Bookstores

357. Pages Bookshop – August 31, 2018 – Detroit, MI

August2018Pages1 (2)August2018Pages2 (2)After enjoying a delicious cold-brew iced coffee during a visit to Always Brewing Detroit, I continued my recent afternoon in the Grandmont Rosedale neighborhood of Detroit with a visit to Pages Bookshop.

This jaunt was SUPER exciting for me as a lifelong lover of books (shout-out to my fellow bookworms!). Independently-owned bookshops hold a special charm for me, especially in this day and age of online conglomerates and digital over paper. They are doing the good work, keeping physical bookstores and the curated, personal book-buying experience alive!

When I buy from indie bookshops, it feels like a total win-win: I am financially supporting a business whose mission I value, AND I have an excuse to buy new books. How great is that?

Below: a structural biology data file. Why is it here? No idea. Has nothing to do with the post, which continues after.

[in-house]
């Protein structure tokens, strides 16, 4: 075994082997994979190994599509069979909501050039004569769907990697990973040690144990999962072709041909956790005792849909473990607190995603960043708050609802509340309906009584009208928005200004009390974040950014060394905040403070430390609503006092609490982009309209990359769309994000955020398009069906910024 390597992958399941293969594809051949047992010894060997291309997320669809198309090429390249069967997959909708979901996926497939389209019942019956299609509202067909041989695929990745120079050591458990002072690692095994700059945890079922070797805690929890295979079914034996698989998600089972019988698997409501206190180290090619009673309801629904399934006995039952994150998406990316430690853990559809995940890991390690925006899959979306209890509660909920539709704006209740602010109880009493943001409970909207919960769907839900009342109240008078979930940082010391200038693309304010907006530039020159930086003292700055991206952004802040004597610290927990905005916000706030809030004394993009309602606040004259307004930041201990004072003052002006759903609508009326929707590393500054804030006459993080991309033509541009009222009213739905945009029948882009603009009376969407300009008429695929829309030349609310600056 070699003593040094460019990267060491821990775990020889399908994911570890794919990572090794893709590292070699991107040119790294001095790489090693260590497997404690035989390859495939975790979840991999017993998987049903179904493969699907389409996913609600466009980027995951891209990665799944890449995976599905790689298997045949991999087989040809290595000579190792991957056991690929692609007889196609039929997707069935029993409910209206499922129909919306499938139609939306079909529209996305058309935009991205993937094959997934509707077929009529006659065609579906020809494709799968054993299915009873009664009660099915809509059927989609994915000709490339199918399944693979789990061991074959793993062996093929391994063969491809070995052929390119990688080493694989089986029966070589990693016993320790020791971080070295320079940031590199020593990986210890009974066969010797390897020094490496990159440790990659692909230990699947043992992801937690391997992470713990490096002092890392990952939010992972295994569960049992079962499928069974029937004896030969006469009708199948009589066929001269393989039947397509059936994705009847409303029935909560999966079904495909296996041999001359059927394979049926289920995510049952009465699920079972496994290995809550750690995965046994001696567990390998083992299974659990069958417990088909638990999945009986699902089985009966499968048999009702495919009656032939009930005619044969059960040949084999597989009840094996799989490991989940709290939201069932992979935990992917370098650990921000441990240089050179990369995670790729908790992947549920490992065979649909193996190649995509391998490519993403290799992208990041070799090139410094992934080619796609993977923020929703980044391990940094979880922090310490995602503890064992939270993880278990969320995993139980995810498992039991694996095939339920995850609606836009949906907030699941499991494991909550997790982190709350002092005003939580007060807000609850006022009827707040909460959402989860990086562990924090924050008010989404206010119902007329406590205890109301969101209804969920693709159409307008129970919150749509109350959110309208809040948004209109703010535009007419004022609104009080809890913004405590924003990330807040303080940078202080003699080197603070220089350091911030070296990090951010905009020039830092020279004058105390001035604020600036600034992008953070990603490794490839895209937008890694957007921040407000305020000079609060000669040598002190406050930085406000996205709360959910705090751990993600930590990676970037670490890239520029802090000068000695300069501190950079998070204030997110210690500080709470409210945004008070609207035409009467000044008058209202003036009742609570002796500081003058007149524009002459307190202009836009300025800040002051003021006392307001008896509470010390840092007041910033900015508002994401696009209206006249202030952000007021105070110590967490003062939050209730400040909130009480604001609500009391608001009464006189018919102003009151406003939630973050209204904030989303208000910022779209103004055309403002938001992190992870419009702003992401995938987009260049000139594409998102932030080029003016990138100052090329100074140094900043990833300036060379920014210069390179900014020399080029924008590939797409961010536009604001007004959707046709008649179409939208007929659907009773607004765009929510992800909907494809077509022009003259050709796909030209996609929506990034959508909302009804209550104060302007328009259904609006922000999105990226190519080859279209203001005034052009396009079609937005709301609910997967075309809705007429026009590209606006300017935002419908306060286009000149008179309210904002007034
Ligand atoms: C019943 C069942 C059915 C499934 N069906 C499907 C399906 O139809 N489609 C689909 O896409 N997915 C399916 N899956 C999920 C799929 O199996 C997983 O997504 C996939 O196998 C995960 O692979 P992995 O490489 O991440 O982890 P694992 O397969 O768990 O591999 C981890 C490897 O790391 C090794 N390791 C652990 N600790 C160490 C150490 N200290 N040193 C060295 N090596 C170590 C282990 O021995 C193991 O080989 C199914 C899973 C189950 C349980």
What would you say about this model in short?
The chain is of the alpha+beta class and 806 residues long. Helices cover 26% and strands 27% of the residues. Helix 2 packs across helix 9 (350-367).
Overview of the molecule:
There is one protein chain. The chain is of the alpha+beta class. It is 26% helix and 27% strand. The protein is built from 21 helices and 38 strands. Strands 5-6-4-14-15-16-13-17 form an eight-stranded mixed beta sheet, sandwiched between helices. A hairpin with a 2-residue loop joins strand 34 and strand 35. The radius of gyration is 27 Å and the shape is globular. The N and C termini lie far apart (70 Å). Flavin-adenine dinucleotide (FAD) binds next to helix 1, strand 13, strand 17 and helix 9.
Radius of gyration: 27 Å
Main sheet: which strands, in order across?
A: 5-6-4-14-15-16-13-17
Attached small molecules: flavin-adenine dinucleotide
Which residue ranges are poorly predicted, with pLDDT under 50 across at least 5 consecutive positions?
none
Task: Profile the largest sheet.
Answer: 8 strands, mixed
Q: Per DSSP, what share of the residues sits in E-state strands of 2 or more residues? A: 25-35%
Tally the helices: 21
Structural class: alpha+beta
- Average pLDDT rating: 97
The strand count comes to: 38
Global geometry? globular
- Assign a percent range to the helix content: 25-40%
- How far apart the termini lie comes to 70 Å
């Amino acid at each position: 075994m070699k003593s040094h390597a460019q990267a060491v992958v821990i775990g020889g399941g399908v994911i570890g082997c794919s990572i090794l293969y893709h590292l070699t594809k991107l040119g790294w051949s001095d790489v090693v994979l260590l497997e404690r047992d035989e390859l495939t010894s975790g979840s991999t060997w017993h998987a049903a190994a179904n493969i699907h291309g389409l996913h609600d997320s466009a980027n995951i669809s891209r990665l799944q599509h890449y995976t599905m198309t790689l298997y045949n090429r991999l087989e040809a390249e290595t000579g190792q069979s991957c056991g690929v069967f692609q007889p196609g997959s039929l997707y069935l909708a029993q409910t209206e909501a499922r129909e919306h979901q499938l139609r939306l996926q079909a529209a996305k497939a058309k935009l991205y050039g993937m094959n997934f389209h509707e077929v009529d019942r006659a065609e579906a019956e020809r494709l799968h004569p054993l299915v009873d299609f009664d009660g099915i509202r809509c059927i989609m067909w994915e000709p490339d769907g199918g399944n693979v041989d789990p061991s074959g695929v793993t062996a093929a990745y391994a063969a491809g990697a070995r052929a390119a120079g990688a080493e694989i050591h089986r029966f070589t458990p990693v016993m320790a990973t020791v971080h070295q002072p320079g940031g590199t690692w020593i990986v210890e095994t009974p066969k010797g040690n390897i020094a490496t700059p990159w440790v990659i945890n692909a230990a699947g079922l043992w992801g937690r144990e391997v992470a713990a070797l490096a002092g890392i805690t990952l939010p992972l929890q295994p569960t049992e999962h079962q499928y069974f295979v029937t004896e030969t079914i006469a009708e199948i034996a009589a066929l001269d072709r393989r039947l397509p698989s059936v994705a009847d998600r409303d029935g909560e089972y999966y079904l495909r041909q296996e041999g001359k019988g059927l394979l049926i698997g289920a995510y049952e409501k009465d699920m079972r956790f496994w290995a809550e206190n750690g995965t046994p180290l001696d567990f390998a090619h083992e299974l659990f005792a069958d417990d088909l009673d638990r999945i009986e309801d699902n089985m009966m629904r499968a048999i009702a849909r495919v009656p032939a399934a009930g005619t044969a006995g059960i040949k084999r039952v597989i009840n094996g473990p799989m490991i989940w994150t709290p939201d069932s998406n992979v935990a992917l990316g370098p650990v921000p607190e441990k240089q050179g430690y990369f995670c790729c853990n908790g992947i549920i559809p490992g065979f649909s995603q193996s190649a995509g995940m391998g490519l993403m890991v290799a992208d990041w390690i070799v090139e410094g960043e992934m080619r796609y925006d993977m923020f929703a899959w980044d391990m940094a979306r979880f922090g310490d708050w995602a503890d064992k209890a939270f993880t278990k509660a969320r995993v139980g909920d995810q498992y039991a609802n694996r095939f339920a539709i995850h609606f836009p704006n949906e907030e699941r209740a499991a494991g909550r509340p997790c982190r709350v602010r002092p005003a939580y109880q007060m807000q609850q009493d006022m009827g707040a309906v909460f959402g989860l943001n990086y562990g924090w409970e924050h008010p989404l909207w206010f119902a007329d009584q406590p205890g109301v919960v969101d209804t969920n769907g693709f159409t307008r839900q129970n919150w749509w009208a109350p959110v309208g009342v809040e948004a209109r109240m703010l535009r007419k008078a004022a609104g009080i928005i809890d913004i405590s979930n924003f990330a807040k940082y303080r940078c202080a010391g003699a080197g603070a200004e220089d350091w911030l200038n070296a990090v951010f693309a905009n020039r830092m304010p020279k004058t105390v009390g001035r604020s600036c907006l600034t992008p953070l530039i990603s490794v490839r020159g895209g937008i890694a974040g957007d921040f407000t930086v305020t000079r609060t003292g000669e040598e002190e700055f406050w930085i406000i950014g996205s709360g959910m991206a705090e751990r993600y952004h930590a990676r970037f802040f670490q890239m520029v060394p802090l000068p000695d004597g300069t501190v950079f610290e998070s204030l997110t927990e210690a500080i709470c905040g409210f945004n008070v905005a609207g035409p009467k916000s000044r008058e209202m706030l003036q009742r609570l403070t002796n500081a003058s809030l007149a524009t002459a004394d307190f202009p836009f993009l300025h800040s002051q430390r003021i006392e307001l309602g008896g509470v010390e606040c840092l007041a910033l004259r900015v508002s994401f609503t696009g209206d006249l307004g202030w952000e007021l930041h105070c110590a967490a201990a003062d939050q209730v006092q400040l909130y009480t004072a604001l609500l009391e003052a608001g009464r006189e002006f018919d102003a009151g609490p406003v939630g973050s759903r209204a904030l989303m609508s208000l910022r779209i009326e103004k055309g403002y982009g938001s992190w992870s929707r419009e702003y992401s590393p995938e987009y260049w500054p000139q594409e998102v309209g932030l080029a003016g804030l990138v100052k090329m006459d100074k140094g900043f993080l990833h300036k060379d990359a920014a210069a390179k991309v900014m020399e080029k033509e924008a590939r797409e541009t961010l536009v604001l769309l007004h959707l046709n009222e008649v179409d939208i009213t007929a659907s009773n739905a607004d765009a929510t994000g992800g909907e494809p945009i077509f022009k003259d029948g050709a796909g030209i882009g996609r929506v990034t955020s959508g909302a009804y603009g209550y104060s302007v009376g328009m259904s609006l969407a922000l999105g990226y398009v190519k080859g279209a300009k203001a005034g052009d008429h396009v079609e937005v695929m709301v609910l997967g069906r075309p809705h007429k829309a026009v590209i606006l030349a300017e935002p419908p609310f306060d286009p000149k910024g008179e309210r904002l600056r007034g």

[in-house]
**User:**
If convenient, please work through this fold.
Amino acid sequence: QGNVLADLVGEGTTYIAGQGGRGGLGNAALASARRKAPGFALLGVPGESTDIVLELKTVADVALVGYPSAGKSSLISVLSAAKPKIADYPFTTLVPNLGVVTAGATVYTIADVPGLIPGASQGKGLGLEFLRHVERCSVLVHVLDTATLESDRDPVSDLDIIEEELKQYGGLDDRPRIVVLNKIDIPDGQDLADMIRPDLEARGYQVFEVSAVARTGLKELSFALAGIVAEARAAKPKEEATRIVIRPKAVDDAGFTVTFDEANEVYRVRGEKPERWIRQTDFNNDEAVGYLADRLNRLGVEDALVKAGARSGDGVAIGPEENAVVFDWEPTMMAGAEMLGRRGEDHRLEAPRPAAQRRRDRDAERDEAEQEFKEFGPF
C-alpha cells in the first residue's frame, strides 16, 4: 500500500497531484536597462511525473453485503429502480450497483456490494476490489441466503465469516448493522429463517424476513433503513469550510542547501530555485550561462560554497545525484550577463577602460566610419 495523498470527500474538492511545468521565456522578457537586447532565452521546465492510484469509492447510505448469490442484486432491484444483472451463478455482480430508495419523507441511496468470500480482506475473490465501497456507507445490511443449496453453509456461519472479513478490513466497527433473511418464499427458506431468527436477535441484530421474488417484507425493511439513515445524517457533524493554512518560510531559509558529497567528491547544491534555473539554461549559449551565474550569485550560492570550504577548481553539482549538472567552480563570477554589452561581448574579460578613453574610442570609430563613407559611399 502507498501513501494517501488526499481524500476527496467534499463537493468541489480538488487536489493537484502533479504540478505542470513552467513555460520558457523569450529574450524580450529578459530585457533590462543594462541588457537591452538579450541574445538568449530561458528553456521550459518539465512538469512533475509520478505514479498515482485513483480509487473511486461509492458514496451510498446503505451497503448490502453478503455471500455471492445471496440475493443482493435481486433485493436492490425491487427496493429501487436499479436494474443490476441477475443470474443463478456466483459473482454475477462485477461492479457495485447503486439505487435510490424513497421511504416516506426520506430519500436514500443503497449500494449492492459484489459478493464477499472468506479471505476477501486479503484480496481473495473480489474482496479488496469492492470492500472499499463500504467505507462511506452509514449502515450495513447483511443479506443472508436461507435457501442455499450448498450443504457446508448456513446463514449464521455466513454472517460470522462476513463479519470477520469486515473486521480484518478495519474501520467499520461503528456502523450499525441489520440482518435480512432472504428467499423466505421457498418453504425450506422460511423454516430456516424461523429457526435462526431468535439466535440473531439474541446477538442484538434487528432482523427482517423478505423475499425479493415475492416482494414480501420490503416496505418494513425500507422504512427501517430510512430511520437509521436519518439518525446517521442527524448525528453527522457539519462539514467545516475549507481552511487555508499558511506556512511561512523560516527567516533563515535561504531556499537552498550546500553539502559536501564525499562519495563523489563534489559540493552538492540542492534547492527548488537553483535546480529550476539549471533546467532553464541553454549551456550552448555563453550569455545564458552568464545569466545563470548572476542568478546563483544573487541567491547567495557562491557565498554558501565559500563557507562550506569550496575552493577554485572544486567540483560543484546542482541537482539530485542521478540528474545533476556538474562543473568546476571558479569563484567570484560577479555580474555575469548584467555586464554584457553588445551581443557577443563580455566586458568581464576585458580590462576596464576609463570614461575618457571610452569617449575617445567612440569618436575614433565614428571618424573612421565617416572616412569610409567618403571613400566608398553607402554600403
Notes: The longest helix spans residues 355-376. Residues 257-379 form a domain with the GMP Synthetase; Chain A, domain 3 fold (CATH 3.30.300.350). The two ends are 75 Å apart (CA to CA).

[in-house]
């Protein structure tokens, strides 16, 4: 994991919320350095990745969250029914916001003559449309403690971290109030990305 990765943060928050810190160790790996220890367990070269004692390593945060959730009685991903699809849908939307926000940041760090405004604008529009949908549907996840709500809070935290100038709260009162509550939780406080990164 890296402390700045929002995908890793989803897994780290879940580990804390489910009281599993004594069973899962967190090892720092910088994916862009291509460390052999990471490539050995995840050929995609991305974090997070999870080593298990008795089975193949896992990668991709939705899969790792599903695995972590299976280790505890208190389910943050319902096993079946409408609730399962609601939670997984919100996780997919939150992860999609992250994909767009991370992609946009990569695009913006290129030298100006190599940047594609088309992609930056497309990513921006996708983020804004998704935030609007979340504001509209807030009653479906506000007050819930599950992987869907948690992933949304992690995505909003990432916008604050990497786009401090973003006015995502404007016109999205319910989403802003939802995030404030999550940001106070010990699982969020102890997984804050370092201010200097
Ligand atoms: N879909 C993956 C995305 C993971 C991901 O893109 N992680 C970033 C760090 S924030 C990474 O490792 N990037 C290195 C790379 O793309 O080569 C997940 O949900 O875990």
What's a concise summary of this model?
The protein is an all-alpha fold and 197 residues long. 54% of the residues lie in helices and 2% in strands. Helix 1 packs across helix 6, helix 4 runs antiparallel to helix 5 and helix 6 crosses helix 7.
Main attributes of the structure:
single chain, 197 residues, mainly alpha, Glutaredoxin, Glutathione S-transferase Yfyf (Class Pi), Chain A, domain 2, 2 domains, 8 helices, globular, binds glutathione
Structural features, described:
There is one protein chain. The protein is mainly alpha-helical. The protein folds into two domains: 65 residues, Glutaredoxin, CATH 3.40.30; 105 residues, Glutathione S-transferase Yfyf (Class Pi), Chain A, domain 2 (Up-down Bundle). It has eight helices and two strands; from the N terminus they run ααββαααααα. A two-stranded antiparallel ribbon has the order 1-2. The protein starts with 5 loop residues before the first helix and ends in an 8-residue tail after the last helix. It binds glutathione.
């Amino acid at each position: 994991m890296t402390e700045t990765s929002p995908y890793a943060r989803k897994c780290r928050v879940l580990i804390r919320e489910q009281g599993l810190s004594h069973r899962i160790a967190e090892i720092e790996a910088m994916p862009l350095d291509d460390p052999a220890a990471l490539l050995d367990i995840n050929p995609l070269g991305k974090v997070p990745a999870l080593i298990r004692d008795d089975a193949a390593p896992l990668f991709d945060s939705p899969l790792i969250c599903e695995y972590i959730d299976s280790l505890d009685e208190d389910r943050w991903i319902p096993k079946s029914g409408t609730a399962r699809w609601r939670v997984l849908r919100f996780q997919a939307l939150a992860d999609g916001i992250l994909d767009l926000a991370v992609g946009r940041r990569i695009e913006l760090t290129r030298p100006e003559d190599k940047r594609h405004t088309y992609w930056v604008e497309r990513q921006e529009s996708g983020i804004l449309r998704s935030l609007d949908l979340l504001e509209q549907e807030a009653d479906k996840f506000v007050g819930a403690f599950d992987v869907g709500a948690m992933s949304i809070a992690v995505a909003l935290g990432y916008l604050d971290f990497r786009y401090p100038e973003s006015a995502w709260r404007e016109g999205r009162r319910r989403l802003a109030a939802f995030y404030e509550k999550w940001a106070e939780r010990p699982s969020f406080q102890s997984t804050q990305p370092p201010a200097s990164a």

And Pages Bookshop, specifically, is a FANTASTIC indie bookstore. Its one-room shop is relatively small, but it’s loaded with thoughtfully chosen fiction and nonfiction offerings – including books by local authors – as well as cute Michigan-centric goods and other items that make great gifts, such as cards and journals.

On the day I visited, Pages was helmed by the owner, Susan, and the shop cat, Pip. Susan was a delight to share my enthusiasm around books with, and Pip melted my heart with her adorably plump frame and sprawling request to be petted (Feline Friends 4L!).

I browsed in Pages for about a half hour and found loads of books I was interested in. Like most indie bookshops, Pages affixes handwritten notecards touting staff recommendations to its shelves (I’m a sucker for those!).